Snacks on a Plane

Free food is making a comeback on major U.S. airlines
Photo: Courtesy of United
Free Snacks on Airlines

Airline freebies are hard to come by these days. Between baggage fees and higher prices for seats with more legroom, airlines have become notorious for nickel-and-diming fliers. One of the most disappointing cutbacks of late has been on snacks. No one's complaining about losing lousy airplane meals, but the peanuts and pretzels? Purchasing a fruit-and-cheese plate on a flight just feels wrong.

The days of paying an arm and a leg or going hungry on flights, however, look to be drawing to a close—at least, if you're flying one of the major U.S. airlines, or one of the cool ones (ahem, JetBlue).

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American Airlines announced yesterday that it will soon start offering complimentary snacks to the entire cabin on domestic flights. In February, transcontinental flights—which include routes from NYC to L.A. or San Francisco and Miami to L.A.—will get complimentary snacks. By April, the freebies roll out to all domestic flights.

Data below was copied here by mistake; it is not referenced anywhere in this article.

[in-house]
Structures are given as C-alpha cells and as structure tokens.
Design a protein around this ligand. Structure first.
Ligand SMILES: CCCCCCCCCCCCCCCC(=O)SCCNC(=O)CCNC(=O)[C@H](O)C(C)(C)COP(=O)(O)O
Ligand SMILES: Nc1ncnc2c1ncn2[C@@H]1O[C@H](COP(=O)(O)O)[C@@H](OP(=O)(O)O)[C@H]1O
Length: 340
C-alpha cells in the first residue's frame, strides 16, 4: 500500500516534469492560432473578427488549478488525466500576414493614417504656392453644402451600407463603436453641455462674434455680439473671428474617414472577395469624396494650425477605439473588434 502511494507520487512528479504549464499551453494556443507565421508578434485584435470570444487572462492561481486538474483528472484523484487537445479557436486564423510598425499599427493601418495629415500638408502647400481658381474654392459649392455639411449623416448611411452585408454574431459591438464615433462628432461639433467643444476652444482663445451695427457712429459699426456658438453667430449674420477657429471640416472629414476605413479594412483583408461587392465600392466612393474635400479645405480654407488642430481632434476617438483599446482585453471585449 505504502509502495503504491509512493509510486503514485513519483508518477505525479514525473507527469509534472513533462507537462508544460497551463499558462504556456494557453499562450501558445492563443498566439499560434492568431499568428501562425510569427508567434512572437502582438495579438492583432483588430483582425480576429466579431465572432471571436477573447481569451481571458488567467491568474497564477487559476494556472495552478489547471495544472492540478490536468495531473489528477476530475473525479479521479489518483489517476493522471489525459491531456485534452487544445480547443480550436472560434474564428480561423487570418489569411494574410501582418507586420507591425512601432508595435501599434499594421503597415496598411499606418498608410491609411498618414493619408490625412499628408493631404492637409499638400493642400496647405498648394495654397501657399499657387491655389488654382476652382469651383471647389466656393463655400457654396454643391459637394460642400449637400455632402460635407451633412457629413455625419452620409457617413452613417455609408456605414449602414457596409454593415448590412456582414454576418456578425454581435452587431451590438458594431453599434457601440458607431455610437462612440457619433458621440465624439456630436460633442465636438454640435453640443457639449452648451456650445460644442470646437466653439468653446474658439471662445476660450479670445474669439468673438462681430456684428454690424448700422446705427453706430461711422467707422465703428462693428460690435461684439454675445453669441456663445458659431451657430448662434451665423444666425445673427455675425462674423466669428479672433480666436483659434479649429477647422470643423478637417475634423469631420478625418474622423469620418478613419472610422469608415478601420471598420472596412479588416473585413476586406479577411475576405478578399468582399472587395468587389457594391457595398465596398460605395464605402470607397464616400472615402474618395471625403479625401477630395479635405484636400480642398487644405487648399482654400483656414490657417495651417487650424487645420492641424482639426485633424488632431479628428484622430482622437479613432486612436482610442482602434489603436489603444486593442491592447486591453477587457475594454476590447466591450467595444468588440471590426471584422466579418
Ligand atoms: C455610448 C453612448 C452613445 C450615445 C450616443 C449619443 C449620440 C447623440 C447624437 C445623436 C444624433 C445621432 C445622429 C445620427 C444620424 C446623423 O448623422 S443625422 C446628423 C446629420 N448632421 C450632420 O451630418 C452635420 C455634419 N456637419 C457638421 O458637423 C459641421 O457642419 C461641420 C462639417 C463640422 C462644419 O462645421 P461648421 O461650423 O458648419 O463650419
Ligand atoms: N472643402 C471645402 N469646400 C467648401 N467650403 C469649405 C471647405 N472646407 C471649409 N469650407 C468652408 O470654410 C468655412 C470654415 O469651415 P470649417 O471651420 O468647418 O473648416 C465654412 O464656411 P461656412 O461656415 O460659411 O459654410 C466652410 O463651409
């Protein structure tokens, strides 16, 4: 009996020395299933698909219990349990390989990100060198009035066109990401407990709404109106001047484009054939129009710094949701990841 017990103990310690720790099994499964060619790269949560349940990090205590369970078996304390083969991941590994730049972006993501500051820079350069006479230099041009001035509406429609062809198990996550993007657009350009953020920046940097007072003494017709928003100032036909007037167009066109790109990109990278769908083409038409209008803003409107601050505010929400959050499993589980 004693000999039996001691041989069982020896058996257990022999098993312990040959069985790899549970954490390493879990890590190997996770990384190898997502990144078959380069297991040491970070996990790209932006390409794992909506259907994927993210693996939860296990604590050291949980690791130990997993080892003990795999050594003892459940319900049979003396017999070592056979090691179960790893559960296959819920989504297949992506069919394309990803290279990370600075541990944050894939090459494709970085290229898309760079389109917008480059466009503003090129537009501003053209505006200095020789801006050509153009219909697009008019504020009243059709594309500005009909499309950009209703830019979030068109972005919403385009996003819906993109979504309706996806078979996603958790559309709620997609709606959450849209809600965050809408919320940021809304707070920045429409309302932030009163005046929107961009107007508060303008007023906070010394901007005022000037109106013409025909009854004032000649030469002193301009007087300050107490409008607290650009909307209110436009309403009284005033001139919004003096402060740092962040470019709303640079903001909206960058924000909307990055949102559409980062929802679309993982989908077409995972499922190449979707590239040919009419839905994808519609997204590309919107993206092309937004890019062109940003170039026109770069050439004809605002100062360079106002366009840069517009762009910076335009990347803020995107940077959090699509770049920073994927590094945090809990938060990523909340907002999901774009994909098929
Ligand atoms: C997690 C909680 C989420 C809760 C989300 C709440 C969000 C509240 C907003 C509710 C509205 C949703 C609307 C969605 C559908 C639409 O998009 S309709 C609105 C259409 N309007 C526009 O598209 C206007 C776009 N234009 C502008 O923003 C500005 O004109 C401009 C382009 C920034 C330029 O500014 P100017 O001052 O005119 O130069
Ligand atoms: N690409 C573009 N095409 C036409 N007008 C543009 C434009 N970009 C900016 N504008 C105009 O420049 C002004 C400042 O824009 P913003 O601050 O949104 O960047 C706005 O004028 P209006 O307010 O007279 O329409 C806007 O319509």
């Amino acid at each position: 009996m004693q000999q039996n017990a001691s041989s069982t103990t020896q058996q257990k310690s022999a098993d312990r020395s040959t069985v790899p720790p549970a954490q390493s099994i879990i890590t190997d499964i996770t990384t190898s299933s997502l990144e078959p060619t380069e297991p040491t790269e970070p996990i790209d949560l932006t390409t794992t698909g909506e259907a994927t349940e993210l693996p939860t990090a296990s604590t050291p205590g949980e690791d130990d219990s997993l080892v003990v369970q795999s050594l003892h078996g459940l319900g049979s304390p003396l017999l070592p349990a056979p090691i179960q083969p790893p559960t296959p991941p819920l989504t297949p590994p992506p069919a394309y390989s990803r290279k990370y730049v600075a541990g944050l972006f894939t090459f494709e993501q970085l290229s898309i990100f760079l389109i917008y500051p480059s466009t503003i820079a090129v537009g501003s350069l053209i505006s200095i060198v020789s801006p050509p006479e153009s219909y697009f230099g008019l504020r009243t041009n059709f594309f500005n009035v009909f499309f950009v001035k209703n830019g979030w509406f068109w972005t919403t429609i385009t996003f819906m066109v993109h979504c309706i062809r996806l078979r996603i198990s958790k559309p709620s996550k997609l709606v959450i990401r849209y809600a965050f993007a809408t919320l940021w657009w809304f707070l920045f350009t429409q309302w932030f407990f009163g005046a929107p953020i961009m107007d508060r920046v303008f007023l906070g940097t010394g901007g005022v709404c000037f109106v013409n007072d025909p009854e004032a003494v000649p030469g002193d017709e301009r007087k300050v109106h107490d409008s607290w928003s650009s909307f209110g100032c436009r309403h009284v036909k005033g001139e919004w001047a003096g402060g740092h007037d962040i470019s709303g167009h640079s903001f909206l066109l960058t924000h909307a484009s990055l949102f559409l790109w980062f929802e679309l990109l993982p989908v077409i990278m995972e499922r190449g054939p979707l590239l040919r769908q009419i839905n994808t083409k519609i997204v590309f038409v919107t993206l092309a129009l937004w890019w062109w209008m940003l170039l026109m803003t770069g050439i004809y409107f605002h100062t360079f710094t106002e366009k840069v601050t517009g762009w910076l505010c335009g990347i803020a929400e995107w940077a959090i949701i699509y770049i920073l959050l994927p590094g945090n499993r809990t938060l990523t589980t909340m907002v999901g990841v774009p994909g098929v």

Flights departing before 9:45 a.m. will serve Biscoff cookies, the European speculoos biscuits that Delta has been serving for years; flights departing after 9:45 a.m. will offer a choice between the cookies and pretzels.

American is the only major U.S. airline doling out the free snacks. In December, United Airlines announced the return of its free snacks to its economy class, and the initiative kicked off yesterday. The options are quite international: stroopwafels for flights departing before 9:45 a.m., and for afternoon flights, "savory snacks, such as an Asian-style snack mix of rice crackers, sesame sticks and wasabi peas, or a zesty-ranch mix of mini pretzel sticks, Cajun corn sticks and ranch soy nuts."

United told us that it wanted to serve "memorable" items that "reflected a global food network." No complaints here—especially for the stroopwafels. The Dutch cookies are meant to be placed over a hot cup of tea or coffee, allowing its steam to melt the cookie's caramel center. They're perfect for a cramped tray table.

Delta, meanwhile, has offered complimentary Biscoff cookies to all flights since 1985. And JetBlue, of course, has always offered a delightful assortment of sweet and salty goodies.

Though this news may sound exciting to those who select flights based on snack availability, it probably looks like small potatoes to international travelers. Many international airlines not only still offer free food, but they give out complimentary booze, too. We can only hope U.S. airlines will take that route next.



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